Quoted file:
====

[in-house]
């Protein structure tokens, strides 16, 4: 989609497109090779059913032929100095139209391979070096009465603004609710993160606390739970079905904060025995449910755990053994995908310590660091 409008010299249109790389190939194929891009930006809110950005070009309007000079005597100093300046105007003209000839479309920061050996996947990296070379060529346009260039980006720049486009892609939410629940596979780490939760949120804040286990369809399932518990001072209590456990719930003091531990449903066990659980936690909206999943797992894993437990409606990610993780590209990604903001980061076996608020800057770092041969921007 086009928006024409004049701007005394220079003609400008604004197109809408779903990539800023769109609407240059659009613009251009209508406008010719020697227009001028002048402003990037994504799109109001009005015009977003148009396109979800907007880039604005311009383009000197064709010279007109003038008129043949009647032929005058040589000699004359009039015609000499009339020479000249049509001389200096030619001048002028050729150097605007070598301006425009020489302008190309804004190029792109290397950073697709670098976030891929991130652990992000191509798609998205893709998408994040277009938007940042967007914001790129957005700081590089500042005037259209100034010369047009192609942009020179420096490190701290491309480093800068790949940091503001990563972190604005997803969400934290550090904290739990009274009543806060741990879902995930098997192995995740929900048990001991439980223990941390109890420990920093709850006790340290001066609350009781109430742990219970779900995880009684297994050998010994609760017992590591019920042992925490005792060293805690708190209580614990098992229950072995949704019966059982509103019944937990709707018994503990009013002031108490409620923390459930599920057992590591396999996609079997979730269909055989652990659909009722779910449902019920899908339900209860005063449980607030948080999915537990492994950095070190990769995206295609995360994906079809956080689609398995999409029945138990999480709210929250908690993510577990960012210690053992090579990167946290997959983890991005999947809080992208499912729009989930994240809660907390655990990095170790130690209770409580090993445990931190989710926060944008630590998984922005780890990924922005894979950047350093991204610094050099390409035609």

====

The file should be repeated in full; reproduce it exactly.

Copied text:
[in-house]
């Protein structure tokens, strides 16, 4: 989609497109090779059913032929100095139209391979070096009465603004609710993160606390739970079905904060025995449910755990053994995908310590660091 409008010299249109790389190939194929891009930006809110950005070009309007000079005597100093300046105007003209000839479309920061050996996947990296070379060529346009260039980006720049486009892609939410629940596979780490939760949120804040286990369809399932518990001072209590456990719930003091531990449903066990659980936690909206999943797992894993437990409606990610993780590209990604903001980061076996608020800057770092041969921007 086009928006024409004049701007005394220079003609400008604004197109809408779903990539800023769109609407240059659009613009251009209508406008010719020697227009001028002048402003990037994504799109109001009005015009977003148009396109979800907007880039604005311009383009000197064709010279007109003038008129043949009647032929005058040589000699004359009039015609000499009339020479000249049509001389200096030619001048002028050729150097605007070598301006425009020489302008190309804004190029792109290397950073697709670098976030891929991130652990992000191509798609998205893709998408994040277009938007940042967007914001790129957005700081590089500042005037259209100034010369047009192609942009020179420096490190701290491309480093800068790949940091503001990563972190604005997803969400934290550090904290739990009274009543806060741990879902995930098997192995995740929900048990001991439980223990941390109890420990920093709850006790340290001066609350009781109430742990219970779900995880009684297994050998010994609760017992590591019920042992925490005792060293805690708190209580614990098992229950072995949704019966059982509103019944937990709707018994503990009013002031108490409620923390459930599920057992590591396999996609079997979730269909055989652990659909009722779910449902019920899908339900209860005063449980607030948080999915537990492994950095070190990769995206295609995360994906079809956080689609398995999409029945138990999480709210929250908690993510577990960012210690053992090579990167946290997959983890991005999947809080992208499912729009989930994240809660907390655990990095170790130690209770409580090993445990931190989710926060944008630590998984922005780890990924922005894979950047350093991204610094050099390409035609």